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Eying Eggs Could Help Vision

Research Shows Consuming Eggs May Slow Progression of Macular Degeneration

Eye Health
Eggs provide nutrients that protect eyes from damaging blue light, originating from sunlight, indoor lighting, TVs and computer screens.

11/29/2017
By Karen Angelo

A diet that includes regular consumption of eggs may help protect against macular degeneration, the leading cause of vision loss in the U.S., according to new research by Assoc. Prof. Thomas Wilson of the Department of Biomedical and Nutritional Sciences

The 12-month study, the results of which were published in the Journal of Clinical Ophthalmology & Research, measured the effects of eating a dozen eggs per week on people with early age-related macular degeneration. 

The macula, which is the light-sensitive portion of the retina, controls the ability to see in fine detail, making it possible to read, recognize faces or colors and clearly see objects. Age is a major risk factor for the disease, with more than 10 million people over the age of 60 in the U.S. affected by it. 

According to Wilson, eggs provide nutrients that protect eyes from harsh light that damages the macula. 

“Nutrition is one way to prevent or delay the onset of macular degeneration. In our study, we found that people who consumed 12 eggs per week had a significant improvement in glare recovery, which means that they could more quickly recover sight after exposure to bright light,” he says.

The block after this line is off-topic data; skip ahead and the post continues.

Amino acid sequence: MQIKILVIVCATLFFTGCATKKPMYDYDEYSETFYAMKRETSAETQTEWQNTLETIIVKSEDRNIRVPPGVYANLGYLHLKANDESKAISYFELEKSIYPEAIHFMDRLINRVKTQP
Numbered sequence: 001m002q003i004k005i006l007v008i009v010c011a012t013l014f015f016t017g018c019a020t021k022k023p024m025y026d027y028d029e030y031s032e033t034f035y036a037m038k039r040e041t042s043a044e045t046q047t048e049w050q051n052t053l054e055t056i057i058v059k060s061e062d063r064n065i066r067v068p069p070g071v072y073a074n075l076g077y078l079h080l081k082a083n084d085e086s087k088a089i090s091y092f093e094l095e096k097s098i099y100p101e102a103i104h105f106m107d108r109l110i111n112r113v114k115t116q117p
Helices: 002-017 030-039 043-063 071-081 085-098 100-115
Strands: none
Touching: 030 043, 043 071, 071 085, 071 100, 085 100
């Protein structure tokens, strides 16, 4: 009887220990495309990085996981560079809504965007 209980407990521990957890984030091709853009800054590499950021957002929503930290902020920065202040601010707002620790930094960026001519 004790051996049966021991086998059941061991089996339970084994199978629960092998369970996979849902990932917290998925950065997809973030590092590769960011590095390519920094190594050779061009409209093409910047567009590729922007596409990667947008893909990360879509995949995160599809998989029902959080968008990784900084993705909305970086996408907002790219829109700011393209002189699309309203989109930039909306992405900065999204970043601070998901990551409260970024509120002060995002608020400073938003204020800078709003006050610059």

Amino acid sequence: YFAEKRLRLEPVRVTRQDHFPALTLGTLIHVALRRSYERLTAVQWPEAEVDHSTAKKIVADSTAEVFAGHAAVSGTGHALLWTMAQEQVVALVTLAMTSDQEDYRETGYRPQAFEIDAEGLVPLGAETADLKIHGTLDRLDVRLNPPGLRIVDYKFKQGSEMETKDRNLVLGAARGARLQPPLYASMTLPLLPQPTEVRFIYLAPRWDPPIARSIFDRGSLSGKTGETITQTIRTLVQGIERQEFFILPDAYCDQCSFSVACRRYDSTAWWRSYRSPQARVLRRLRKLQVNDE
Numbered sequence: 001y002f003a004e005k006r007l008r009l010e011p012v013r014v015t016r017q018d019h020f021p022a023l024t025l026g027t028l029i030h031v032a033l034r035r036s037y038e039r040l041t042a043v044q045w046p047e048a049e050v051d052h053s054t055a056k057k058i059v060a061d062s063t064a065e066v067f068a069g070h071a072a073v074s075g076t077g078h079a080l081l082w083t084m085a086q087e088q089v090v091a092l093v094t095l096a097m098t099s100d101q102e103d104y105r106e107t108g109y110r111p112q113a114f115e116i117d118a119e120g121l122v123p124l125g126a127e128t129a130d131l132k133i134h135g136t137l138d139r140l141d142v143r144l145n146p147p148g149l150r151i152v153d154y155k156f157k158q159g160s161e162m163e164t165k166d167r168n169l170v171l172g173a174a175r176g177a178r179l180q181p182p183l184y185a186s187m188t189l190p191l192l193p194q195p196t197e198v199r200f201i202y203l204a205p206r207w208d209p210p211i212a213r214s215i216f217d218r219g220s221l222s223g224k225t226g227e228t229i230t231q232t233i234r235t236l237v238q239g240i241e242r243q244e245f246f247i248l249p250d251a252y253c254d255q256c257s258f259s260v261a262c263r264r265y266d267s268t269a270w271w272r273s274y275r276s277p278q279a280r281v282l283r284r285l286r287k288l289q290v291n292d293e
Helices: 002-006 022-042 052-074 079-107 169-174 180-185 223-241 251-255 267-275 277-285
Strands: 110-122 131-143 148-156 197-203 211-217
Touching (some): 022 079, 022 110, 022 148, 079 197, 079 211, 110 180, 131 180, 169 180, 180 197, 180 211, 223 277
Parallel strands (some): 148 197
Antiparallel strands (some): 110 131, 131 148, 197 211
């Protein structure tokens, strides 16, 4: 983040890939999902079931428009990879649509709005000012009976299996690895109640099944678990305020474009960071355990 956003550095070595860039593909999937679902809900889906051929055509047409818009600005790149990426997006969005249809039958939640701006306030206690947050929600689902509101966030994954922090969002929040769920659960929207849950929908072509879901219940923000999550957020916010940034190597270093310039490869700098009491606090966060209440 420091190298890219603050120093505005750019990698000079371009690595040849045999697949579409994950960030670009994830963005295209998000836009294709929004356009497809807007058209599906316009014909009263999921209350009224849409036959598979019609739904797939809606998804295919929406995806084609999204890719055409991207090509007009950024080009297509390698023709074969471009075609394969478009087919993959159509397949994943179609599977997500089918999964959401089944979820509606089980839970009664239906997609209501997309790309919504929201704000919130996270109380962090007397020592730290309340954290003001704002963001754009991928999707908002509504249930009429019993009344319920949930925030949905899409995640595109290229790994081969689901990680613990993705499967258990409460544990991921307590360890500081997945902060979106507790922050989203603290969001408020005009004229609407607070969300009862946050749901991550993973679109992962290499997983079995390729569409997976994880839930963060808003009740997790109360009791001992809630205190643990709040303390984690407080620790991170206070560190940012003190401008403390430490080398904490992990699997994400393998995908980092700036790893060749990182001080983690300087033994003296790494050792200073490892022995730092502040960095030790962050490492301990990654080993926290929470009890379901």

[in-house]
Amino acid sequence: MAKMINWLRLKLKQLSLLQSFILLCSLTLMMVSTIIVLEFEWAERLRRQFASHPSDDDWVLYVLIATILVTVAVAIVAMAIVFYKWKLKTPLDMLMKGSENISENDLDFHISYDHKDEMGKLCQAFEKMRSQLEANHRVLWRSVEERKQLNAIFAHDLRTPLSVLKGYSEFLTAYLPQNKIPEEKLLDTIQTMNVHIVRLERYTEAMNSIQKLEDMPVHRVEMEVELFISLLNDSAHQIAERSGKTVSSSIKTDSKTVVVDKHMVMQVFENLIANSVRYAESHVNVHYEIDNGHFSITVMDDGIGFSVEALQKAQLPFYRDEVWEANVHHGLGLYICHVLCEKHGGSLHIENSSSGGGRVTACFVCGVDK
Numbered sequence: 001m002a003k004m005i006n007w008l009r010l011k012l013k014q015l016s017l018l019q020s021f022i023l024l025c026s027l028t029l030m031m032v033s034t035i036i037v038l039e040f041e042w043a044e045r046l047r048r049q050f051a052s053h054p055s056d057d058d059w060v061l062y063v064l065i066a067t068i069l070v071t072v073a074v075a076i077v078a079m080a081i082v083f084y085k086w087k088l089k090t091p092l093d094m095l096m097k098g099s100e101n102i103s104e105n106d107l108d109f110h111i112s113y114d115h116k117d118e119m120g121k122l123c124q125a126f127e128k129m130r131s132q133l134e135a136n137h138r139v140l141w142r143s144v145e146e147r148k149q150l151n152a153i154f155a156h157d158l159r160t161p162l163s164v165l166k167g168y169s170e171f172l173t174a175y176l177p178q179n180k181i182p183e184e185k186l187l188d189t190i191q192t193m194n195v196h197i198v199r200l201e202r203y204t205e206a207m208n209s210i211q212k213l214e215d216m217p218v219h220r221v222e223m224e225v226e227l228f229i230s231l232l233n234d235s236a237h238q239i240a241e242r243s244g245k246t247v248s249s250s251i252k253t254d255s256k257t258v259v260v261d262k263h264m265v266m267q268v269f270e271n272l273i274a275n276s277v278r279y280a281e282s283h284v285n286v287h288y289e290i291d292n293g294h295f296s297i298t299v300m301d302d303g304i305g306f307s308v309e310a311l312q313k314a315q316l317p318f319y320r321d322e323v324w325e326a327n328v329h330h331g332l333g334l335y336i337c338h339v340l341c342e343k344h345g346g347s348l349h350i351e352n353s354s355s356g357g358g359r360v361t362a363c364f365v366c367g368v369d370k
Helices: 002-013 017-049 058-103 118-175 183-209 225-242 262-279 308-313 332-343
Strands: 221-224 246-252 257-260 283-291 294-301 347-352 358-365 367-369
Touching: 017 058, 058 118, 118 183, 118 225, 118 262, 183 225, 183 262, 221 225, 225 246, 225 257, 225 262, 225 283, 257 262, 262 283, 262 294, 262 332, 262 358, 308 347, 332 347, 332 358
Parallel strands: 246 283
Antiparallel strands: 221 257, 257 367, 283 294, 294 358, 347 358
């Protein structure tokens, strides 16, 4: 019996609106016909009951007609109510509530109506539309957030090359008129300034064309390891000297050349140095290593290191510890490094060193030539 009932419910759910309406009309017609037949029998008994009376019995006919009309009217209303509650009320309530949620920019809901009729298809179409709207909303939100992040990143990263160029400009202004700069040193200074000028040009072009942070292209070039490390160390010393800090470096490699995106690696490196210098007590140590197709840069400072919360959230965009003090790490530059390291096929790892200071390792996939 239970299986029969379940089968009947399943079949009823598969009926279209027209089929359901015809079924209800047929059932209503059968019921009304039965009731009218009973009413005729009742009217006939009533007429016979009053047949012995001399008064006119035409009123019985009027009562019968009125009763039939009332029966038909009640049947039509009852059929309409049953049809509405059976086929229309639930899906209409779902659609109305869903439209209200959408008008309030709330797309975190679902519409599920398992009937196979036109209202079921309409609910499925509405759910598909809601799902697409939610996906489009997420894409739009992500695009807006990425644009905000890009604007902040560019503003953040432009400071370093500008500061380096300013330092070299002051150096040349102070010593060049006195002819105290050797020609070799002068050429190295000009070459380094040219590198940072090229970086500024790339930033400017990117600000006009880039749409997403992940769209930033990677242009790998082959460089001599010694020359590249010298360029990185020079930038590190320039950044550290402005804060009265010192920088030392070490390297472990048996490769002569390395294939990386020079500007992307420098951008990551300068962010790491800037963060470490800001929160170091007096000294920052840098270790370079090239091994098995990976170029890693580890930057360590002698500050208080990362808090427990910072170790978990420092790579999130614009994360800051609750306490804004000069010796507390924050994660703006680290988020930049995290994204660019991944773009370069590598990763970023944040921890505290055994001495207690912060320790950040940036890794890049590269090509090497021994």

Lutein and zeaxanthin, two antioxidants located in the macula, are found in eggs and in leafy green and yellow vegetables. The nutrients help protect the eyes against damaging blue light, originating from sunlight, indoor lighting, TVs and computer screens. 

In the study, people who consumed a dozen eggs each week showed a 52 percent increase in lutein and an 83 percent increase in zeaxanthin in their blood, compared to the control group, whose members did not consume eggs. 

“With a change in diet, people may slow the progression of the disease by preventing light from damaging the macula,” says Wilson.

Wilson’s previous research studied egg consumption over a period of five to 10 weeks among older adults without the disease. Even in a shorter time frame, the results were positive, he says. Macular pigment optical density and blood lutein and zeaxanthin levels improved. 

Both studies were funded by the USDA and the Egg Nutrition Center, a division of the American Egg Board.